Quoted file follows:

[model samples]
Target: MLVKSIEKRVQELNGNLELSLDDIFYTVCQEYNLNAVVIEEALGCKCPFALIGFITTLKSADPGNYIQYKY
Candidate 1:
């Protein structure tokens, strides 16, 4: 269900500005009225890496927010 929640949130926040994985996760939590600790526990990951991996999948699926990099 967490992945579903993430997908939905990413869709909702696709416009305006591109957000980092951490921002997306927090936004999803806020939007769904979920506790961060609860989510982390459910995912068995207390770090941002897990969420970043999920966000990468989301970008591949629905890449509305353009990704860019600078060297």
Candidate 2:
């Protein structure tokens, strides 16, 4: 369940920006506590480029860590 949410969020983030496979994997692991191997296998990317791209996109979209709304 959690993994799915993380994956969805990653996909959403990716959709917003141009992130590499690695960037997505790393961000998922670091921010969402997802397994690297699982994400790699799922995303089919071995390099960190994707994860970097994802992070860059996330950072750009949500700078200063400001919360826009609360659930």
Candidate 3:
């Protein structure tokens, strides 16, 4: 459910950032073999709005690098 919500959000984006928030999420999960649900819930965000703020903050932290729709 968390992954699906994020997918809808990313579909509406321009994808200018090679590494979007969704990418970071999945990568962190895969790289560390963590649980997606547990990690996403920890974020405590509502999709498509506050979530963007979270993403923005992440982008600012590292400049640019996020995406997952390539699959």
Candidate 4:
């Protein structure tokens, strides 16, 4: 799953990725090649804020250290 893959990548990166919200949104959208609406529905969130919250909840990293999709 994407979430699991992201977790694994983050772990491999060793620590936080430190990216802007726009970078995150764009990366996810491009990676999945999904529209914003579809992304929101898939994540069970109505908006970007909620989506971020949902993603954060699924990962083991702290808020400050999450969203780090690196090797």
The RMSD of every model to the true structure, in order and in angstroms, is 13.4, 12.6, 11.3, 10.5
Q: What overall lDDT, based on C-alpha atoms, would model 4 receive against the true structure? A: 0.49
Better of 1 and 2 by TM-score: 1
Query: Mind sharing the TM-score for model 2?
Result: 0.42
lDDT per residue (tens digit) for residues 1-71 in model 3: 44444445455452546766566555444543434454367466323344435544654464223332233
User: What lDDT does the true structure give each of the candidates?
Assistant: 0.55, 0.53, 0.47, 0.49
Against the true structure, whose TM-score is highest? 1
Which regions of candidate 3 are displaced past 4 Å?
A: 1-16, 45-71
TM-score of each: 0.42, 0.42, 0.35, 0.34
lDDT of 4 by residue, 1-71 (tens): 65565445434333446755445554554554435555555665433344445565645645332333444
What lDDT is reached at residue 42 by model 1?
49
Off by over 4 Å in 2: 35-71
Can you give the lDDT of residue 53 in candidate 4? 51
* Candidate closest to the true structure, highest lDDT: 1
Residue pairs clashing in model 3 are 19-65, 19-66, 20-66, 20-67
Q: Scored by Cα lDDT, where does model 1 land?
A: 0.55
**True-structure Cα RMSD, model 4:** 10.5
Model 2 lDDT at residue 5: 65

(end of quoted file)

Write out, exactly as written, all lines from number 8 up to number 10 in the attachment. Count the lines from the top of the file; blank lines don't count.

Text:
């Protein structure tokens, strides 16, 4: 459910950032073999709005690098 919500959000984006928030999420999960649900819930965000703020903050932290729709 968390992954699906994020997918809808990313579909509406321009994808200018090679590494979007969704990418970071999945990568962190895969790289560390963590649980997606547990990690996403920890974020405590509502999709498509506050979530963007979270993403923005992440982008600012590292400049640019996020995406997952390539699959």
Candidate 4:
């Protein structure tokens, strides 16, 4: 799953990725090649804020250290 893959990548990166919200949104959208609406529905969130919250909840990293999709 994407979430699991992201977790694994983050772990491999060793620590936080430190990216802007726009970078995150764009990366996810491009990676999945999904529209914003579809992304929101898939994540069970109505908006970007909620989506971020949902993603954060699924990962083991702290808020400050999450969203780090690196090797």